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Posted By:  RealDiehl

Posted:  1 year, 8 months ago

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May need help moving on from Roehl

Just so we're clear I should have no problem with them telling me to go to Appleton to pick up my newly truck assigned truck and when I get there there is no truck?

Just so we're clear I should have no problem with them telling me, after I've gone to Appleton, to go to Marshfield to pick up my newly truck assigned truck and when I get there there is no truck?

I'm not demanding a brand new truck, I do have an expectation that if information is conveyed to me that it be accurate. Apparently it is no big deal that I have bills to pay and other obligations in life that I have to put on hold. It appears that venting my frustration and looking for answers equates to me being entitled.

You are human. You are jumping into a profession that is totally new to you. You are filled with uncertainty and may have certain expectations about the way things are supposed to work.

No...emphatically no. Being frustrated and annoyed that things aren't going smoothly does not mean you are acting entitled. That word is thrown around too often IMO. You have every right to be frustrated. It's the same reaction anyone would have when plans get messed up. It's human nature.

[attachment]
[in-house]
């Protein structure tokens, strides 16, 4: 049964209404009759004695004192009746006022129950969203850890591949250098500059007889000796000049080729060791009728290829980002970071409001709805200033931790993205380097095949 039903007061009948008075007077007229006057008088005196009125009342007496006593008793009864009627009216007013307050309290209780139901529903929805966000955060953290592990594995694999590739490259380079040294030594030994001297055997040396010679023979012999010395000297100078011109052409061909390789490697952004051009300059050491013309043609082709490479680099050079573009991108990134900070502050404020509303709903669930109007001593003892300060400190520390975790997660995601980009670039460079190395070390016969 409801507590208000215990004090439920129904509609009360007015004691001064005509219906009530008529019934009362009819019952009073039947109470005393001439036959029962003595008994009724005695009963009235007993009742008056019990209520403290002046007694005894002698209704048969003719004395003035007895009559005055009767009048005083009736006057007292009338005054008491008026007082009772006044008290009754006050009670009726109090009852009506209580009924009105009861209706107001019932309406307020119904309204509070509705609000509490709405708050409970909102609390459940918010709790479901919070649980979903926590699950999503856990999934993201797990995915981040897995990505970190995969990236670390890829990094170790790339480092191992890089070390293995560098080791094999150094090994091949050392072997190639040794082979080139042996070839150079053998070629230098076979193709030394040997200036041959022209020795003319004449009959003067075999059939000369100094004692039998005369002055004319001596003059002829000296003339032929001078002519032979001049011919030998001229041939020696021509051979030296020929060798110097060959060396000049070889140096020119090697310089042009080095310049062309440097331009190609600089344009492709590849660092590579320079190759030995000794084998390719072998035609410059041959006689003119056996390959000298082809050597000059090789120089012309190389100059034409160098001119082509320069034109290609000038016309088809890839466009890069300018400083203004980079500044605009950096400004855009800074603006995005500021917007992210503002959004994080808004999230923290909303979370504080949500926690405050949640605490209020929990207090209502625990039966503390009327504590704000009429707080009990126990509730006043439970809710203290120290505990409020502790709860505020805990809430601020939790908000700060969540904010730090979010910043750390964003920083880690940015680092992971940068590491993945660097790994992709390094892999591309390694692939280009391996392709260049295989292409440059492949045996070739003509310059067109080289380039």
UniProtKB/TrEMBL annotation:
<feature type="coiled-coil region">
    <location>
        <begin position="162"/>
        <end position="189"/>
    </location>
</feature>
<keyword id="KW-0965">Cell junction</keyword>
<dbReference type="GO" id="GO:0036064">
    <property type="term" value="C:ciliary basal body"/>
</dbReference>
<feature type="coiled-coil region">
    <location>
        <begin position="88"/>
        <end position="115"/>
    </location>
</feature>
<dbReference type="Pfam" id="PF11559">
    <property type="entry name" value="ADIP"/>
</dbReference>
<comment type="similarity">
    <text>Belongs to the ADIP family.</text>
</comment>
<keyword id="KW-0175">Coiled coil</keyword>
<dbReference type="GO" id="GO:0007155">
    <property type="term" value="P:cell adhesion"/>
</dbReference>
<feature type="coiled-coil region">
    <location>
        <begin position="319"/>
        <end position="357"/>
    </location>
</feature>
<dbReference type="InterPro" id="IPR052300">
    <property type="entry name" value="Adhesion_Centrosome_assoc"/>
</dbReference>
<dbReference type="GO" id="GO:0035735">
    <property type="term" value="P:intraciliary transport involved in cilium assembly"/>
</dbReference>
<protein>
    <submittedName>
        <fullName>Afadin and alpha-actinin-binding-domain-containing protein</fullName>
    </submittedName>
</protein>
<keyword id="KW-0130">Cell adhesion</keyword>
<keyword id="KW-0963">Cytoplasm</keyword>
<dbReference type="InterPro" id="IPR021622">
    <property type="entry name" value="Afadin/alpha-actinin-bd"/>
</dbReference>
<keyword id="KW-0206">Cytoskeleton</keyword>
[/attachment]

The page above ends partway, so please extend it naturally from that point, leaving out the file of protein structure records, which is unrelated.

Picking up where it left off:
Your challenge now is to manage the frustration, roll with the punches, and do your best to work through any unforseen setbacks that may occur as you begin your career as a driver.

If/when you're faced with another bad situation or setback, and you're not sure how to handle it, post a question on the forum and ask for advice on the best course of action.

But first try to communicate with your fleet manager to clear things up. Good communication skills are essential to becoming a successful driver.

Posted By:  N P.

Posted:  1 year, 8 months ago

View Topic:

CB radio